reporting on Hawaii wildfires

‘Ahahui Haku Moʻolelo (Hawaiian Journalists Association) and the Hawaiʻi chapter of the Asian American Journalists Association express our condolences and thoughts for the lives lost and homes destroyed by this wildfire. We urge journalists to exercise sensitivity and due diligence when framing their stories on the devastating Lāhainā wildfire.

The wildfire is the deadliest U.S. wildfire in more than 100 years, and as of the writing of this guidance, hundreds of people are still missing. The fire has displaced thousands of people and damaged or destroyed about 2,200 structures (most of them homes) across 2,100 acres. However, these statistics do not fully capture the tremendous loss endured by residents and disproportionate impact on Native Hawaiians. Lāhainā was the traditional home of Maui royalty dating back to the 1500s, and later became the capital of the Hawaiian Kingdom in 1820 and the burial site of early members of the Hawaiian royal family of the Kamehameha line. Several cultural institutions were damaged or destroyed in the fire.

We urge reporters to do extensive research on Hawai‘i’s culture and people before reporting, and we urge media outlets to consider the following guidance:

  • Please use the term “Hawaiʻi residents” to refer to people who live in Hawaiʻi. The term “Hawaiian” should only be used to refer to the islands’ Indigenous people.
  • Hawaiians write the name of their land as Hawaiʻi, while AP Style uses Hawaii. If you do choose to use Hawaiian diacritical marks, use them consistently. ʻOkina are glottal stops and look like backwards apostrophes. Kahakō, such as in “Lāhainā,” lengthen and add stress to marked vowels
  • Remember to capitalize the word “islands” when referring to the “Hawaiian Islands.”
  • Consider additional historical context when describing Lāhainā. The town is not only a tourist destination, but also the former capital of the Hawaiian Kingdom.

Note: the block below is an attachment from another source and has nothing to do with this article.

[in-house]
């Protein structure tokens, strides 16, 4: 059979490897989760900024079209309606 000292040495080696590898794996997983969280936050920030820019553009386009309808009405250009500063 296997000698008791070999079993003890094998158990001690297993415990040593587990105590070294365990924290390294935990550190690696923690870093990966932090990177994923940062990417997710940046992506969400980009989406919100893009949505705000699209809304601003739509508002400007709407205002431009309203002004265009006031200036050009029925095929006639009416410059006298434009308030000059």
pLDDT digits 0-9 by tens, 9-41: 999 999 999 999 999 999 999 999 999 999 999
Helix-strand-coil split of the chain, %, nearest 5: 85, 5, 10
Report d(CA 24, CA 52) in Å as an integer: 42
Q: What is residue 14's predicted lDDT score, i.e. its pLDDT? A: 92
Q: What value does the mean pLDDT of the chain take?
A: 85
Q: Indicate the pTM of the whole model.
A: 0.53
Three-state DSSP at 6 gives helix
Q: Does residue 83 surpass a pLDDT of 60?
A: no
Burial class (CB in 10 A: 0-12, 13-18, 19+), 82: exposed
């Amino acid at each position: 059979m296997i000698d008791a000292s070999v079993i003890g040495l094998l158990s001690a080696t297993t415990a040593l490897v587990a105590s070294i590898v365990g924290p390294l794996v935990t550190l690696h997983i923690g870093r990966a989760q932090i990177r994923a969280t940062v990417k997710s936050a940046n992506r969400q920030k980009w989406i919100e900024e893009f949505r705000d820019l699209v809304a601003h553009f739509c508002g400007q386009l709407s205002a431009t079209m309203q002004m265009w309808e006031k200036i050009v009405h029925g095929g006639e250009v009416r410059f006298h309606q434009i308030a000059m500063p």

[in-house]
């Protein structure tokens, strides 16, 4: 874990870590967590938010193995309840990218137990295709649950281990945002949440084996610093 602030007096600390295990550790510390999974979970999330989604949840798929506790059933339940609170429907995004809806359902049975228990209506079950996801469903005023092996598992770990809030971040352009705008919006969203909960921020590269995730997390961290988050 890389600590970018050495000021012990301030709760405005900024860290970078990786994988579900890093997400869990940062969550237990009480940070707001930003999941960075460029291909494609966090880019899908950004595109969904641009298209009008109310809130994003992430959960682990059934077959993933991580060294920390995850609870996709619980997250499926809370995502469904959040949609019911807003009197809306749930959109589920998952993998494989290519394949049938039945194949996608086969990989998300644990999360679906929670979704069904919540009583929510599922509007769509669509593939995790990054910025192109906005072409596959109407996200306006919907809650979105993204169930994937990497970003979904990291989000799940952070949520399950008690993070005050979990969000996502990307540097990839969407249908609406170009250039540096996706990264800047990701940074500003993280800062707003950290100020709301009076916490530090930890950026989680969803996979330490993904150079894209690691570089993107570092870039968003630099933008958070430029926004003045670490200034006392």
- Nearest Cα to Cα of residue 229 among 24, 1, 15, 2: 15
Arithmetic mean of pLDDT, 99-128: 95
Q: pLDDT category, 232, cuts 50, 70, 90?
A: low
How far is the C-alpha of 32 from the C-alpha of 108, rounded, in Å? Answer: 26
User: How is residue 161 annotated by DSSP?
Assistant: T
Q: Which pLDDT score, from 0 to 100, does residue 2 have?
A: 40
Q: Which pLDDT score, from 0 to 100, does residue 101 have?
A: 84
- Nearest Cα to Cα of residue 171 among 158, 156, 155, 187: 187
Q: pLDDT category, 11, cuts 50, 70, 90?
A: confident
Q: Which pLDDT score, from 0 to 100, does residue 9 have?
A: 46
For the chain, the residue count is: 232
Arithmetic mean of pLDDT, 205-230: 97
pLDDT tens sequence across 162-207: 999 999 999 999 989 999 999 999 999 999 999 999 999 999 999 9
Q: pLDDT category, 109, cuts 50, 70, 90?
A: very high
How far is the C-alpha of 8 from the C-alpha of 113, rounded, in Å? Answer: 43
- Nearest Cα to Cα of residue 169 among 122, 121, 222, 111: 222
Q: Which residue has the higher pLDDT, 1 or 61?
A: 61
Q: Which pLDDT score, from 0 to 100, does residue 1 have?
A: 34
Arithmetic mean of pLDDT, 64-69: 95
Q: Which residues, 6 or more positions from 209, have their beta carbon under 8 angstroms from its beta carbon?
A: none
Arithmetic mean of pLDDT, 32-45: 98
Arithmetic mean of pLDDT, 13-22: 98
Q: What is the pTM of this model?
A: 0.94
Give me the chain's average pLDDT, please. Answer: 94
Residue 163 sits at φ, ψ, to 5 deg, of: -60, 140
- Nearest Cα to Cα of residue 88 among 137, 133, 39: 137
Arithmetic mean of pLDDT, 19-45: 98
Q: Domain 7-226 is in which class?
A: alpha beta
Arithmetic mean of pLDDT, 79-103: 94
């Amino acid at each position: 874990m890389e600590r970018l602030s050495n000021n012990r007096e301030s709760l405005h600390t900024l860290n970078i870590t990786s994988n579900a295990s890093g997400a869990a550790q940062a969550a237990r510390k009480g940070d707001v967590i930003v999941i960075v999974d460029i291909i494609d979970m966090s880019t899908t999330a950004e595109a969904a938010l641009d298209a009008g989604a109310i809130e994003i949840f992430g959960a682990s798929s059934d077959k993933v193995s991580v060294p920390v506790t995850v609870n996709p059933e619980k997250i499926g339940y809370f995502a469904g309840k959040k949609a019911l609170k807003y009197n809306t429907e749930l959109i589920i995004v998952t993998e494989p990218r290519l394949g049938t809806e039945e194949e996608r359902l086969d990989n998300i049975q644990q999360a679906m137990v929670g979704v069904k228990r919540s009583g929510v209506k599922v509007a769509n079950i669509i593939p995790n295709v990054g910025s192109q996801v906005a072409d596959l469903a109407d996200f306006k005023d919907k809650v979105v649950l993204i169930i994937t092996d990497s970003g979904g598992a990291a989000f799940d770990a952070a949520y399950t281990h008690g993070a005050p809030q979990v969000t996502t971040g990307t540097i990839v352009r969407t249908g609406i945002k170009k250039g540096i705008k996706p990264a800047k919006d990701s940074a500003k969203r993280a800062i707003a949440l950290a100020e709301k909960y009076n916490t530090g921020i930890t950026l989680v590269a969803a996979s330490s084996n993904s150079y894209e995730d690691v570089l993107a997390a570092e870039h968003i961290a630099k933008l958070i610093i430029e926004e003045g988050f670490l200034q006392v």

• We understand the importance of getting reporters on the ground in the wake of this disaster, but please consider the impact of your stay, and the need to prioritize the flow of limited resources to survivors, first responders, and emergency workers.
  • Familiarize yourself with Hawaiʻi’s geography before covering the islands. The Big Island refers to Hawaiʻi Island, the largest island in the Hawaiian archipelago. It does not refer to Oʻahu, the most populated island.
  • In Hawaiʻi, the Continental U.S. is often referred to casually as the “Mainland.” Some kama‘āina (people born in Hawaiʻi) feel this term suggests a Hawaiʻi subservience to the 49 American states. Consider using “Continental U.S.” instead of “Mainland.”
  • When referring to something on a Hawaiian island, such as Maui, the correct preposition is “on” Maui, not “in” Maui. For example, “There is a wildfire on Maui.” However, when referring to the county of Maui (which includes the islands of Maui, Lānaʻi, Molokaʻi and Kahoʻolawe), the correct preposition is “in Maui County.”

Please do as much research about Hawaiʻi’s geography, culture and people as you can before you arrive. Parachuting into an area where the journalist has little knowledge or experience can result in inaccurate news reports.

Visit the ʻAhahui Haku Moʻolelo website at for a list of additional resources regarding Hawaiian history, Hawaiian language, the use of diacritical marks, and more.

Resources for covering wildfires/natural disasters/traumatic events:

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by The Asian American Journalists Association, International Journalists’ Network

Photo by Ross Stone on Unsplash

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